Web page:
Unsolicited ideas typically lead to incremental innovation. To get to radical or breakthrough innovation, the idea management system needs to indulge in some strategic guidance by issuing challenges (or campaigns or seeding). In essence the bottom up grown organizational engagement of a collaborative idea management system is managed a little bit by some top down strategic guidance. The company is saying "We're glad you're all talking together, now do us a favor and talk about this...". They ask for ideas to address the big issues of the company, for instance "How do we make the company more 'green'". "What should our next new product be in the US"?
By collaborating companies can assemble all the smart people in the company to exchange ideas, enhance each others ideas and have the best ideas be automatically promoted (and you need an automated promotion mechanism in the software because the problem isn't that you won't get enough ideas, the problem is you'll get too many and you don't want someone to have to manually filter through them all).
The leading software in this space includes CogniStreamer, Brainbank, Imaginatik and BrightIdea.
As part of the adoption of enterprise social software, many companies have decided to use such a portal to allow their employees (on the intra-net) or their customers (on the internet) to collaborate in the process of raising new ideas.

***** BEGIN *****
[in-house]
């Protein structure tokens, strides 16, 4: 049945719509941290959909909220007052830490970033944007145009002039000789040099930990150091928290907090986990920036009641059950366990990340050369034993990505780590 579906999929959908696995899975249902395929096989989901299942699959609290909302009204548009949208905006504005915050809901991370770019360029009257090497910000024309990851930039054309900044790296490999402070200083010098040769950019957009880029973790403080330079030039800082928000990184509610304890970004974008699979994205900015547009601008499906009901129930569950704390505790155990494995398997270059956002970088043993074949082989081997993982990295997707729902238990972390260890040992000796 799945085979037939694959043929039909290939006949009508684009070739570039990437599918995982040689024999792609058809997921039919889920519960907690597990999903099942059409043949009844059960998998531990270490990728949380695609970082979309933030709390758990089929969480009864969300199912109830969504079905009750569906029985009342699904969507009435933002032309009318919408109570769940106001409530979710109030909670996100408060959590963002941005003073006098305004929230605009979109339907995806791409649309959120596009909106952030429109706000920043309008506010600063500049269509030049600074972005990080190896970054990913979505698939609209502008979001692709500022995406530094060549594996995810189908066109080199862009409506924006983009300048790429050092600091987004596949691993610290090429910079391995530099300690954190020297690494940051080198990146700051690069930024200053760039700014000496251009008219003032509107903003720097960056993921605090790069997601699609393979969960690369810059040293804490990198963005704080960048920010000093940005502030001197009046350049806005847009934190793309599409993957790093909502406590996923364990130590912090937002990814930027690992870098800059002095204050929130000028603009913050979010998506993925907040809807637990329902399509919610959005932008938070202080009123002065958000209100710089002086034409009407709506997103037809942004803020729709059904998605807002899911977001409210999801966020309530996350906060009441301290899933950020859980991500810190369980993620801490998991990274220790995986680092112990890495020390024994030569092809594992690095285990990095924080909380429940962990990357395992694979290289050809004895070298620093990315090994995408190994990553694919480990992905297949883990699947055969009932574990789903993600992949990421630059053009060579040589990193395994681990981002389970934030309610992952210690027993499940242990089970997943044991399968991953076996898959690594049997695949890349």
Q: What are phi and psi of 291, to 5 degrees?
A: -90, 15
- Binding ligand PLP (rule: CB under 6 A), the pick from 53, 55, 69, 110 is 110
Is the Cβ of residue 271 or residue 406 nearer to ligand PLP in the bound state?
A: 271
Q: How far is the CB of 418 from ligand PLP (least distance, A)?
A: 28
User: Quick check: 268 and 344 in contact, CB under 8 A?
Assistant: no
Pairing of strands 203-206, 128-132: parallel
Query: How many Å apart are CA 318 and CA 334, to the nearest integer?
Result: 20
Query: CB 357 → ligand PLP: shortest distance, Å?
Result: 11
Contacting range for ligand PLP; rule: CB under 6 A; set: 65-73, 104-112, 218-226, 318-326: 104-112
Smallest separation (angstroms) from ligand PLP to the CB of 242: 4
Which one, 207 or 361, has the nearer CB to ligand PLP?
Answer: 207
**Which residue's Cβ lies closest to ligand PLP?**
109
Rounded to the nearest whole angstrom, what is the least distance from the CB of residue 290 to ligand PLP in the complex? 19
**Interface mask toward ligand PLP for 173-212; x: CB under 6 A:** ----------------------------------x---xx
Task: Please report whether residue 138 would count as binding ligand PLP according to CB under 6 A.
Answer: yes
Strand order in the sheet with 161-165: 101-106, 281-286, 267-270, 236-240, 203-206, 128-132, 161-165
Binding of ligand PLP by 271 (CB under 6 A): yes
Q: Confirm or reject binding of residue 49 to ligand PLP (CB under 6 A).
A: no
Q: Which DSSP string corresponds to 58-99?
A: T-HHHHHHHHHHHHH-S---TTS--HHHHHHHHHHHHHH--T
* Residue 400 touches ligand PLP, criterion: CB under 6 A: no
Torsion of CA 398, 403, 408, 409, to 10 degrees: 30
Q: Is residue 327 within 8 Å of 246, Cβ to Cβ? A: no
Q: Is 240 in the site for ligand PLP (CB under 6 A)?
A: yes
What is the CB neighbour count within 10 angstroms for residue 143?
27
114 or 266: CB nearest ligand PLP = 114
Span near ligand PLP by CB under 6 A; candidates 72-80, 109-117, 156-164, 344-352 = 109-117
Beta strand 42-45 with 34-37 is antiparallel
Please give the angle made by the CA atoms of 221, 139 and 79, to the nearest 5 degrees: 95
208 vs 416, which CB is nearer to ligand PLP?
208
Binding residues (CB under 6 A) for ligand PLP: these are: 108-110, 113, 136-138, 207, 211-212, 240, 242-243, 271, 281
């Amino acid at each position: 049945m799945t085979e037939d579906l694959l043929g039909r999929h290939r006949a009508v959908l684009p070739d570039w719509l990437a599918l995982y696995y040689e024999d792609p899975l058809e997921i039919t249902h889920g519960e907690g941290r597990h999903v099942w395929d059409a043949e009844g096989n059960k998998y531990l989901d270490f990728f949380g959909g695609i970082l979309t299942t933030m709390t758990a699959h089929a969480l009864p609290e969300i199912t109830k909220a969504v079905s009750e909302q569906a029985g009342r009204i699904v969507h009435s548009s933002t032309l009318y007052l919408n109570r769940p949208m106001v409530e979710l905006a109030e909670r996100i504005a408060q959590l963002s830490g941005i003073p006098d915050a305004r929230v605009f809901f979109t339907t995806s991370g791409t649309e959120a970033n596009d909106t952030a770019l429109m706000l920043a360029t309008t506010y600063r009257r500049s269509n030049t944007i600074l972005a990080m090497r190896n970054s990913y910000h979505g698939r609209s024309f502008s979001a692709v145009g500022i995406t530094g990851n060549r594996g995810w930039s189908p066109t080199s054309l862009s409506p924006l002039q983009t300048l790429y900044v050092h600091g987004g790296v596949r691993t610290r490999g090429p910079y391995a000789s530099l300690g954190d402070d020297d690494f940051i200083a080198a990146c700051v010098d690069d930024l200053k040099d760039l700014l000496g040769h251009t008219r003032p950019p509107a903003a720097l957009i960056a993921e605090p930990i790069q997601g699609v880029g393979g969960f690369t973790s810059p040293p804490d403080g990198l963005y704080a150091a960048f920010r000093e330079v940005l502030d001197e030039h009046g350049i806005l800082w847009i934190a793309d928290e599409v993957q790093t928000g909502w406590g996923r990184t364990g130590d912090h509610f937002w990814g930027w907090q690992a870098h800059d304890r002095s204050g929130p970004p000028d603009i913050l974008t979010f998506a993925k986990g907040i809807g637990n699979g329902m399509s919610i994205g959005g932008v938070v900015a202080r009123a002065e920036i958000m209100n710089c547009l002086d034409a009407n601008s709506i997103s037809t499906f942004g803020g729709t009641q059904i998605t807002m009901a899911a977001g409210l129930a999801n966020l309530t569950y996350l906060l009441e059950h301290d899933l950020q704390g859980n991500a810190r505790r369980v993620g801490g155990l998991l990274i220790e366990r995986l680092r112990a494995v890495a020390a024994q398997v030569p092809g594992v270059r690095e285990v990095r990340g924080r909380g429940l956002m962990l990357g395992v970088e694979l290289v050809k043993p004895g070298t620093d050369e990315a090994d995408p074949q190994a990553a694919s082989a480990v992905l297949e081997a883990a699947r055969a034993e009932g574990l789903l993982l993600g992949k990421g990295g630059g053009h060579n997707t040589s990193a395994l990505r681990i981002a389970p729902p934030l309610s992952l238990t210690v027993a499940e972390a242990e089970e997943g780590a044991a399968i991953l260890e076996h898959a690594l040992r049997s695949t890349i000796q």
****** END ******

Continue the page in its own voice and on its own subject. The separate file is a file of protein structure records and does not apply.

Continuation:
Idea management software has the sole purpose of raising new ideas — for new products, process improvements, employee welfare or any other corporate use.
Although not necessarily ideas banks per se, by allowing anyone to edit, wikis allow a group of people to work on information collaboratively. This collaborative writing can continue until all are satisfied with the article or piece of writing, but more often than not contributions continue as visitors add information, improve what is already there, and remove irrelevant or incorrect information.
Halfbakery is an example of a slightly less serious ideas bank. Users submit ideas, often jokingly, which are then commented on, often jokingly, by other users.
The Global Ideas Bank is the opposite of Halfbakery in that ideas are proposed seriously, and in some cases actually implemented. It started as a group of inventors in 1985 and became a large organization over several years until it was put online with its current name in 1995.
Founded in London in 2000, Idea A Day solicits submissions of original ideas from around the world, edits and publishes one considered example every day. A book, The Big Idea Book, comprising 500 of the best ideas was published by Wiley in 2003.